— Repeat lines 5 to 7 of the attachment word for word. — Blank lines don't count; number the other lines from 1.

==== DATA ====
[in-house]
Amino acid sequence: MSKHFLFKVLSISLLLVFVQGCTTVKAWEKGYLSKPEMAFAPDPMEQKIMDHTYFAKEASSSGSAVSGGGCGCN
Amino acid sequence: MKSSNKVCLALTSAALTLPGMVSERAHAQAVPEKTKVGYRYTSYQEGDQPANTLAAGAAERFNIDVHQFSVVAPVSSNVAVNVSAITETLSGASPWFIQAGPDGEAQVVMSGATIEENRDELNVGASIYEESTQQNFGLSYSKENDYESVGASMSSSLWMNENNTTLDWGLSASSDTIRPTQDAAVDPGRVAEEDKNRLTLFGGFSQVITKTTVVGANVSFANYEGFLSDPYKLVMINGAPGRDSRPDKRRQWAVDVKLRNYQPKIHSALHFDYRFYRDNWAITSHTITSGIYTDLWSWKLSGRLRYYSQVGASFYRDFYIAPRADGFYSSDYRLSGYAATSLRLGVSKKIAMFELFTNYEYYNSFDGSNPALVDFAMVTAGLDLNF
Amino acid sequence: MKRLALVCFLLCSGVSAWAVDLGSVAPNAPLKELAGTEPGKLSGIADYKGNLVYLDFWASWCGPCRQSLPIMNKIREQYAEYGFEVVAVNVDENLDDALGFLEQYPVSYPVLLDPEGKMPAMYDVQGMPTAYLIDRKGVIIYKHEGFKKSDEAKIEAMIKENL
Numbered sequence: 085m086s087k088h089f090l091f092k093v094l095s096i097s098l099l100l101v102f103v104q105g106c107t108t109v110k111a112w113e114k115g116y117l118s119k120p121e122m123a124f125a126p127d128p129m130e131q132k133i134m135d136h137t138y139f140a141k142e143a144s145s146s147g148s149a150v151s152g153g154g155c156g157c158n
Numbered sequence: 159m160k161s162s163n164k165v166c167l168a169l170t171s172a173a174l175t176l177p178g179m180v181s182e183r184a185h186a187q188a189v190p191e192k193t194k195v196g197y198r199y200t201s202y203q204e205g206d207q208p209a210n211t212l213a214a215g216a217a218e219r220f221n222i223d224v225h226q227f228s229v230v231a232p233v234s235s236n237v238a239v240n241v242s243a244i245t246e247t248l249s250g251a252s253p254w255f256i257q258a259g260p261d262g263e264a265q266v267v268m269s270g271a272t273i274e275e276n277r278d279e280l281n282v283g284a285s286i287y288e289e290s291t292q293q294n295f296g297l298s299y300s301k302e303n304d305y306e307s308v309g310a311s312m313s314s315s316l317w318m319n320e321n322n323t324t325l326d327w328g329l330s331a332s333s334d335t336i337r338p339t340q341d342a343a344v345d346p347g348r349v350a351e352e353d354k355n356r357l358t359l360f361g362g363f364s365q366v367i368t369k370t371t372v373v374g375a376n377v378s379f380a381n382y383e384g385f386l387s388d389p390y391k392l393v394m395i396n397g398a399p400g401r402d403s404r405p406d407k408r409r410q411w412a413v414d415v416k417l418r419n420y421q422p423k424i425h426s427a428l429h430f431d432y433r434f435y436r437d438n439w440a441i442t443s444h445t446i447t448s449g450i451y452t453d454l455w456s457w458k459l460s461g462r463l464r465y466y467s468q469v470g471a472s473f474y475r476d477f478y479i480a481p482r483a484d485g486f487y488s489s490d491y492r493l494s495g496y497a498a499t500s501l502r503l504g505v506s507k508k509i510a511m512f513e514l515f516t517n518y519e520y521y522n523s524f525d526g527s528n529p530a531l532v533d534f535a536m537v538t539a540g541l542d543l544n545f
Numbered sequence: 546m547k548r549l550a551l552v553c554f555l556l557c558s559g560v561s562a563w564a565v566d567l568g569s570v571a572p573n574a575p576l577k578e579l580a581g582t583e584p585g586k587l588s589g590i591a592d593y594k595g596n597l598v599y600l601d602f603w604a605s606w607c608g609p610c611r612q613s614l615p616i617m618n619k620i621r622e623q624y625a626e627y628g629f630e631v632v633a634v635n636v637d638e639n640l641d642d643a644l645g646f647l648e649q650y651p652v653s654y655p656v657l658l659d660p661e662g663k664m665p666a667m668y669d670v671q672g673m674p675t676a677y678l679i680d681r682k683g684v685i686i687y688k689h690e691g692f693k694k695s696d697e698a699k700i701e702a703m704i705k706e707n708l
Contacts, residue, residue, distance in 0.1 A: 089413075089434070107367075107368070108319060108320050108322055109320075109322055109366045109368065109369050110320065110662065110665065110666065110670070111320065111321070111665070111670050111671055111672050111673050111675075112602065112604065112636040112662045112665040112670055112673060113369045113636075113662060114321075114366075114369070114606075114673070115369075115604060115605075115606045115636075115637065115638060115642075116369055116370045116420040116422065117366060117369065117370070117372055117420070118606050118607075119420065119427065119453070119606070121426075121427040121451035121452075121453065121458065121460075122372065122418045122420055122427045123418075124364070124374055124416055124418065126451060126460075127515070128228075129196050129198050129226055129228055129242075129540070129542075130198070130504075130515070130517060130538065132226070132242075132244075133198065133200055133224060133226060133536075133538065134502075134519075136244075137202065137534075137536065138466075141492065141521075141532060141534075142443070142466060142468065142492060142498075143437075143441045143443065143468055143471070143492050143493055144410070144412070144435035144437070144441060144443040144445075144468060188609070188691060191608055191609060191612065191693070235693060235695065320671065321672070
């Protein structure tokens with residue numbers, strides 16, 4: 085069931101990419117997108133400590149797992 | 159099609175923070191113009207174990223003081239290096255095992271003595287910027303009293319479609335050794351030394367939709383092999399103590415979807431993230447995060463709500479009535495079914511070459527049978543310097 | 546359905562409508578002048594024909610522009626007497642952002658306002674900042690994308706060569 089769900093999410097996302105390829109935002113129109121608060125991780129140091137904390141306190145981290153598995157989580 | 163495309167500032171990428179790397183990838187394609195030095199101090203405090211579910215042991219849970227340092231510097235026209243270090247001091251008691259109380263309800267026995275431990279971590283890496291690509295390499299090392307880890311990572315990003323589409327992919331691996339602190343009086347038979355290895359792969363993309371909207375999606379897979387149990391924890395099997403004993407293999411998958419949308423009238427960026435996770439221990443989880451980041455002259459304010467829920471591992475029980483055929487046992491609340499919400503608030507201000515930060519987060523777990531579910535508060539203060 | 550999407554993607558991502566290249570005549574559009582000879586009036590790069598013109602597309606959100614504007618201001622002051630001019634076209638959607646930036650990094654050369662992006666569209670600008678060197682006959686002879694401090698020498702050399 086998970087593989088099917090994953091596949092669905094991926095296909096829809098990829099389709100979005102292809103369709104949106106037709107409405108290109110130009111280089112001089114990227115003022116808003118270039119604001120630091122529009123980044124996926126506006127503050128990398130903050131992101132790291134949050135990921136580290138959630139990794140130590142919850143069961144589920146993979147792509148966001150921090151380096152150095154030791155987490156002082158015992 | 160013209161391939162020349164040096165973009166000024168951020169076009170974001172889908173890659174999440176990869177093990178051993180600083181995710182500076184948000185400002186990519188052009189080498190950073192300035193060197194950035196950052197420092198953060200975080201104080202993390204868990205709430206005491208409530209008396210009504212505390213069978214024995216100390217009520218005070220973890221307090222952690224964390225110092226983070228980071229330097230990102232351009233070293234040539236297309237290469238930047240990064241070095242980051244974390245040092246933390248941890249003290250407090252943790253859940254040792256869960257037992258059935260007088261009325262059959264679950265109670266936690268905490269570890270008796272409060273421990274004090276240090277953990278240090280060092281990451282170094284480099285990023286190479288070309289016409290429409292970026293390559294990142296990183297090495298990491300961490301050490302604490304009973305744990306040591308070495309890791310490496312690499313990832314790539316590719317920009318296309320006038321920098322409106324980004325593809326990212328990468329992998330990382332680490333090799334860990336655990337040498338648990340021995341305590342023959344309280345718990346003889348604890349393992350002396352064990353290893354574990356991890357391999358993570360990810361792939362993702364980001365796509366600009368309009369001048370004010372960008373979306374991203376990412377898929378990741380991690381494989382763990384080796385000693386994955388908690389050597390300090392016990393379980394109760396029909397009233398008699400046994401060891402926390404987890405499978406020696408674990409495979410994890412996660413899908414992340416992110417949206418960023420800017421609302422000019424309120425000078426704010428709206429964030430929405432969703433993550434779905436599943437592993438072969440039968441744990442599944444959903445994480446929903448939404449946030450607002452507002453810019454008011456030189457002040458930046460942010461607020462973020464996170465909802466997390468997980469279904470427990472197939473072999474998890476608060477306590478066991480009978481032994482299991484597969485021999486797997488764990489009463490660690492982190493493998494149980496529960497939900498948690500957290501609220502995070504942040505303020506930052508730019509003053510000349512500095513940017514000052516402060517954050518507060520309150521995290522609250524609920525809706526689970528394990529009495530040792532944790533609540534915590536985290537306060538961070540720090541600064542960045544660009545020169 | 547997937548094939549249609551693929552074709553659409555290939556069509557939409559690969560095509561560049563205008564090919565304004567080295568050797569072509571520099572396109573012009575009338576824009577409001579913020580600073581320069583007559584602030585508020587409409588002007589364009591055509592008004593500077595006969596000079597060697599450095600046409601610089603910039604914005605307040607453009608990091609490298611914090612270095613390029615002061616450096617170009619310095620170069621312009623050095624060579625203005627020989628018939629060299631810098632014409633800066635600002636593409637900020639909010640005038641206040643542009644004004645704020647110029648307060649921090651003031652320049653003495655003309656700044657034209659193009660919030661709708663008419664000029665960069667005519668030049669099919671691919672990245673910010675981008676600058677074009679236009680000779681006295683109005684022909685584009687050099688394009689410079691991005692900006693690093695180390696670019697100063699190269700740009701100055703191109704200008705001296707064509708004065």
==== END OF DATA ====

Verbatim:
Numbered sequence: 085m086s087k088h089f090l091f092k093v094l095s096i097s098l099l100l101v102f103v104q105g106c107t108t109v110k111a112w113e114k115g116y117l118s119k120p121e122m123a124f125a126p127d128p129m130e131q132k133i134m135d136h137t138y139f140a141k142e143a144s145s146s147g148s149a150v151s152g153g154g155c156g157c158n
Numbered sequence: 159m160k161s162s163n164k165v166c167l168a169l170t171s172a173a174l175t176l177p178g179m180v181s182e183r184a185h186a187q188a189v190p191e192k193t194k195v196g197y198r199y200t201s202y203q204e205g206d207q208p209a210n211t212l213a214a215g216a217a218e219r220f221n222i223d224v225h226q227f228s229v230v231a232p233v234s235s236n237v238a239v240n241v242s243a244i245t246e247t248l249s250g251a252s253p254w255f256i257q258a259g260p261d262g263e264a265q266v267v268m269s270g271a272t273i274e275e276n277r278d279e280l281n282v283g284a285s286i287y288e289e290s291t292q293q294n295f296g297l298s299y300s301k302e303n304d305y306e307s308v309g310a311s312m313s314s315s316l317w318m319n320e321n322n323t324t325l326d327w328g329l330s331a332s333s334d335t336i337r338p339t340q341d342a343a344v345d346p347g348r349v350a351e352e353d354k355n356r357l358t359l360f361g362g363f364s365q366v367i368t369k370t371t372v373v374g375a376n377v378s379f380a381n382y383e384g385f386l387s388d389p390y391k392l393v394m395i396n397g398a399p400g401r402d403s404r405p406d407k408r409r410q411w412a413v414d415v416k417l418r419n420y421q422p423k424i425h426s427a428l429h430f431d432y433r434f435y436r437d438n439w440a441i442t443s444h445t446i447t448s449g450i451y452t453d454l455w456s457w458k459l460s461g462r463l464r465y466y467s468q469v470g471a472s473f474y475r476d477f478y479i480a481p482r483a484d485g486f487y488s489s490d491y492r493l494s495g496y497a498a499t500s501l502r503l504g505v506s507k508k509i510a511m512f513e514l515f516t517n518y519e520y521y522n523s524f525d526g527s528n529p530a531l532v533d534f535a536m537v538t539a540g541l542d543l544n545f
Numbered sequence: 546m547k548r549l550a551l552v553c554f555l556l557c558s559g560v561s562a563w564a565v566d567l568g569s570v571a572p573n574a575p576l577k578e579l580a581g582t583e584p585g586k587l588s589g590i591a592d593y594k595g596n597l598v599y600l601d602f603w604a605s606w607c608g609p610c611r612q613s614l615p616i617m618n619k620i621r622e623q624y625a626e627y628g629f630e631v632v633a634v635n636v637d638e639n640l641d642d643a644l645g646f647l648e649q650y651p652v653s654y655p656v657l658l659d660p661e662g663k664m665p666a667m668y669d670v671q672g673m674p675t676a677y678l679i680d681r682k683g684v685i686i687y688k689h690e691g692f693k694k695s696d697e698a699k700i701e702a703m704i705k706e707n708l